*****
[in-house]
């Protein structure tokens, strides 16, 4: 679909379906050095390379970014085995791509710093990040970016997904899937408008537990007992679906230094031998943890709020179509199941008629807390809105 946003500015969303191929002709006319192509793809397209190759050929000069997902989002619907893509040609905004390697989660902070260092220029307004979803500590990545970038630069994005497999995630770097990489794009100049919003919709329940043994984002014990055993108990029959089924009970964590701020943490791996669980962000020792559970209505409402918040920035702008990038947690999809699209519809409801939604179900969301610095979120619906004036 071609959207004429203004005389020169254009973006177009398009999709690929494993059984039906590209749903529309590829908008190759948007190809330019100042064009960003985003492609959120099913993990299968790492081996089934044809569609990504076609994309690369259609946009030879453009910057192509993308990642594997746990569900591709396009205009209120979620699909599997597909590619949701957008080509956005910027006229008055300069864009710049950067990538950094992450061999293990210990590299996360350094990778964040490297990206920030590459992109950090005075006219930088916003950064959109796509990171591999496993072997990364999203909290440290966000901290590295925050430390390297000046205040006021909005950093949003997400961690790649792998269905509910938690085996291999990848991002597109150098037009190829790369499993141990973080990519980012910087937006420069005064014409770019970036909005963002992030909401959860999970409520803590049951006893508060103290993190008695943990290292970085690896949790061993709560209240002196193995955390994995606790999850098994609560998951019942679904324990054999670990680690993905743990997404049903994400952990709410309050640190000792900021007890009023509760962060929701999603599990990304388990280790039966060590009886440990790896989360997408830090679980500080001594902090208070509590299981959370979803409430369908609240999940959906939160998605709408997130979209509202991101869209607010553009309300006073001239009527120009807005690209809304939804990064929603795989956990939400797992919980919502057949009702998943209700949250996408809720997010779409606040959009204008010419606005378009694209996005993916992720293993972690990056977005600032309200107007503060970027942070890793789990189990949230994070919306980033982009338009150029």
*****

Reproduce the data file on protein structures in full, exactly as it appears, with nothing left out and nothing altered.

[in-house]
């Protein structure tokens, strides 16, 4: 679909379906050095390379970014085995791509710093990040970016997904899937408008537990007992679906230094031998943890709020179509199941008629807390809105 946003500015969303191929002709006319192509793809397209190759050929000069997902989002619907893509040609905004390697989660902070260092220029307004979803500590990545970038630069994005497999995630770097990489794009100049919003919709329940043994984002014990055993108990029959089924009970964590701020943490791996669980962000020792559970209505409402918040920035702008990038947690999809699209519809409801939604179900969301610095979120619906004036 071609959207004429203004005389020169254009973006177009398009999709690929494993059984039906590209749903529309590829908008190759948007190809330019100042064009960003985003492609959120099913993990299968790492081996089934044809569609990504076609994309690369259609946009030879453009910057192509993308990642594997746990569900591709396009205009209120979620699909599997597909590619949701957008080509956005910027006229008055300069864009710049950067990538950094992450061999293990210990590299996360350094990778964040490297990206920030590459992109950090005075006219930088916003950064959109796509990171591999496993072997990364999203909290440290966000901290590295925050430390390297000046205040006021909005950093949003997400961690790649792998269905509910938690085996291999990848991002597109150098037009190829790369499993141990973080990519980012910087937006420069005064014409770019970036909005963002992030909401959860999970409520803590049951006893508060103290993190008695943990290292970085690896949790061993709560209240002196193995955390994995606790999850098994609560998951019942679904324990054999670990680690993905743990997404049903994400952990709410309050640190000792900021007890009023509760962060929701999603599990990304388990280790039966060590009886440990790896989360997408830090679980500080001594902090208070509590299981959370979803409430369908609240999940959906939160998605709408997130979209509202991101869209607010553009309300006073001239009527120009807005690209809304939804990064929603795989956990939400797992919980919502057949009702998943209700949250996408809720997010779409606040959009204008010419606005378009694209996005993916992720293993972690990056977005600032309200107007503060970027942070890793789990189990949230994070919306980033982009338009150029």